Ranged around the dial are the expected Auto, Program and Manual settings, plus Samsung's own 'Smart Auto' mode. As it sounds, this is the manufacturer's equivalent of the intelligent auto modes on competitors from Panasonic (its Lumix range), Sony (the latest T-series Cyber-shots) and Canon (Digital IXUS family). Namely you point the WB550 at a scene or subject that hopefully the camera recognizes, automatically adjusting its settings to deliver optimum results. This means that it's not necessary for the user to manually delve into scene modes to call up the likes of 'landscape' or 'flower'; the WB550's operation is merely a case of point and shoot.
Incidentally, as you turn the shooting dial, a virtual version which the same eight settings rotates in tandem on screen, highlighting and explaining each one as you select it. Also found on the dial are a 'Dual IS' mode - which offers both optical image stabilization and the ISO boosting digital variety. In terms of light sensitivity the Samsung WB550 offers a very respectable range, stretching from ISO 80 up to ISO 3200. We'll of course be examining how well it does at its higher settings in the 'Image Quality' section of our review.
Continuing around the dial we discover Samsung's 'beauty shot' mode, useful for both acne-d adolescents and those of us who have over indulged by automatically retouching out spots and blemishes. Spotlighting the WB550's intended audience as the family, Samsung clearly wants its users to have to spend as little time post-processing images as possible - if any.
Adjacent to beauty mode is a dedicated scene mode. But rather than this mode automatically displaying its settings as icons, the user has to press the 'menu' button at the camera's rear and scroll down the text options to find them. Along with 'Night', 'Portait', 'Children' and 'Landscape' we get 'text', 'sunset', 'dawn' and 'backlight': 15 choices in all.
The adjacent setting on the dial is for video mode. Here users get the opportunity to either shoot at top resolution, a less memory hungry 640x480 pixels, or 320x240 pixels; choice dependant on intended use (whether playing back on an HDTV or merely posting on the Internet). Maximum frame rate at 1280x720 resolution is 30fps, with a reduced 15fps rate also selectable with a press of the button marked 'Fn' (or 'Function') on the camera back. Should users however plump for the very lowest picture quality, a higher frame rate of 60fps is selectable. Horses for courses obviously.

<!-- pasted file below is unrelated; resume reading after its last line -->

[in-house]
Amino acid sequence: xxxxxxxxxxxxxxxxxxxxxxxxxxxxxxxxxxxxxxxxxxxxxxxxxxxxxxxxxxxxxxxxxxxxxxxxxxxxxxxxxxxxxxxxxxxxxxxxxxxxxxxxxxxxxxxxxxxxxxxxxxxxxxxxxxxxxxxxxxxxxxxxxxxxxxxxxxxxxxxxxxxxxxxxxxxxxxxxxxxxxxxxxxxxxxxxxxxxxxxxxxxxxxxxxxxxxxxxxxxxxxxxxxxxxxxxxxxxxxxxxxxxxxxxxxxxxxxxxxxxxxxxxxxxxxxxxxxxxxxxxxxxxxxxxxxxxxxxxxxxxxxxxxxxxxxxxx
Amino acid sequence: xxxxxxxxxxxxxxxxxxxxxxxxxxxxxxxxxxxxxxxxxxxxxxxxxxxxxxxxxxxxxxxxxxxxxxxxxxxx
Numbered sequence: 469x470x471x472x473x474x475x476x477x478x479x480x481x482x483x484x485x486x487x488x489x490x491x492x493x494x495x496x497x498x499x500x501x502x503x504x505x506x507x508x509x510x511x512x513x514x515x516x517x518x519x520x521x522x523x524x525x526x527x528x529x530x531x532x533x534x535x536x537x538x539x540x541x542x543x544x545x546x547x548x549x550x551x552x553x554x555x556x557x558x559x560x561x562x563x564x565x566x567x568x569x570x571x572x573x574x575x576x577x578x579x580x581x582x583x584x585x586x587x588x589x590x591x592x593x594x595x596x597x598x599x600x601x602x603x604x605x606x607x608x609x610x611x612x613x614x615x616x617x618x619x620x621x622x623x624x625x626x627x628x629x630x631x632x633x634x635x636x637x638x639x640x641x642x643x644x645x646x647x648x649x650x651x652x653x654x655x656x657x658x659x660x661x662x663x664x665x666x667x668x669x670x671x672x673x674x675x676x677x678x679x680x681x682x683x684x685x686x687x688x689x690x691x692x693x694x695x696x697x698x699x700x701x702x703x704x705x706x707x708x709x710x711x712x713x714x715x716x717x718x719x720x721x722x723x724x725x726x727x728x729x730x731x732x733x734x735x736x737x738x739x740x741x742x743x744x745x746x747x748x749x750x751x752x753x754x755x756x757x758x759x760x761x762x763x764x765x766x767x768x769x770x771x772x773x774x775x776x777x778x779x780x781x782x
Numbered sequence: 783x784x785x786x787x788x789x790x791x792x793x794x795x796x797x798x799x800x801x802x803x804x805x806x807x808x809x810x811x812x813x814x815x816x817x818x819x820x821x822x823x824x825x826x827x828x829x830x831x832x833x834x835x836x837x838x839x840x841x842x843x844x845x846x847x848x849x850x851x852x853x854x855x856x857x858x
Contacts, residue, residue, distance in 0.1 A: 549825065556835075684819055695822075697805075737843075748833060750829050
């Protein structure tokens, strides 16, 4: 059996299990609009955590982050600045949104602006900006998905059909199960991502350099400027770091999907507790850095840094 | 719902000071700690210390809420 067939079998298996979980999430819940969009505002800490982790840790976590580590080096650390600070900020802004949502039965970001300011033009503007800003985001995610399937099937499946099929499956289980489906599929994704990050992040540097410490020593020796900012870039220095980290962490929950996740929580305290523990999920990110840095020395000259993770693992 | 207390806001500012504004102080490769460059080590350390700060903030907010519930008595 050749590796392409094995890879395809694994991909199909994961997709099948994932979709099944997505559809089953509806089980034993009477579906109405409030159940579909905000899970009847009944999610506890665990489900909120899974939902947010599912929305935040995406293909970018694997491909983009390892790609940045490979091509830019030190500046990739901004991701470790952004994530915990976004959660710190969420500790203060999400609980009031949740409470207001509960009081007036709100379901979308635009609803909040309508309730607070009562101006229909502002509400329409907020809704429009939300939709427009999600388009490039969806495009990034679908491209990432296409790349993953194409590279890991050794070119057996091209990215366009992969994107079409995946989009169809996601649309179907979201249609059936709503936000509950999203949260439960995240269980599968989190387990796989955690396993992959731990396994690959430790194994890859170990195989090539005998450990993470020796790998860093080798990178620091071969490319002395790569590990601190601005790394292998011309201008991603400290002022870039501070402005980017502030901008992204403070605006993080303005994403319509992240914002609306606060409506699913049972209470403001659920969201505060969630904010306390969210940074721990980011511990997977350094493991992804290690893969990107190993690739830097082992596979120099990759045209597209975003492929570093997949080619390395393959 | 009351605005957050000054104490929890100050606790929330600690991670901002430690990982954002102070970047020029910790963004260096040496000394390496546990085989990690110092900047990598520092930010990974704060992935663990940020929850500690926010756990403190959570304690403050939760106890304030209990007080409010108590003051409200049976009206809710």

Staying on the Samsung WB550's top plate, the next control along is the large-ish and springy shutter release button, surrounded by rocker switch for operating the zoom. Controlled by a protruding lip that falls naturally under the forefinger, the zoom takes around three seconds to travel from maximum wide angle to full telephoto - which is pretty much par for the course for its focal range. We did find on occasion that said zoom took a moment or two to 'wake up' - and that its transitions are sound-tracked by a low mechanical blur; but said sound is low enough to avoid being off-putting.
Confusingly, there's also a second toggle switch top right of the camera back - where we might otherwise find a zoom lever on competing models - that is narrow and uncomfortable, digging into the thumb. Disabled in auto mode, turn the dial round to program and it transpires this is a 'command lever' providing a means of adjusting exposure compensation from +/- 2EV.
That aside, once you've zoomed in and got your composition how you want, with a half press of the shutter button the Samsung WB550 is commendably swift to determine focus and exposure, the AF point highlighted in green and an operational 'beep' confirming you're good to go on and take the shot. With little noticeable shutter lag, at highest resolution setting an image is committed to memory in just under two seconds, the screen blanking out briefly, which isn't bad at all.
Next along the Samsung WB550's top plate, next to the shutter release/zoom combo, is an indented power button, surrounded by a circular ring that glows an attractive 'Samsung blue' when in use. Not perhaps what you'd want if trying to use the camera surreptitiously at night, but then glow from the high-res 3-inch, 460k dot resolution rear LCD screen - in the absence of an optical viewfinder - kind of gives the game away anyway. Finally, at the far end of the top plate to the mode dial is located the WB550's built-in speaker, acting as an accompaniment to video clips.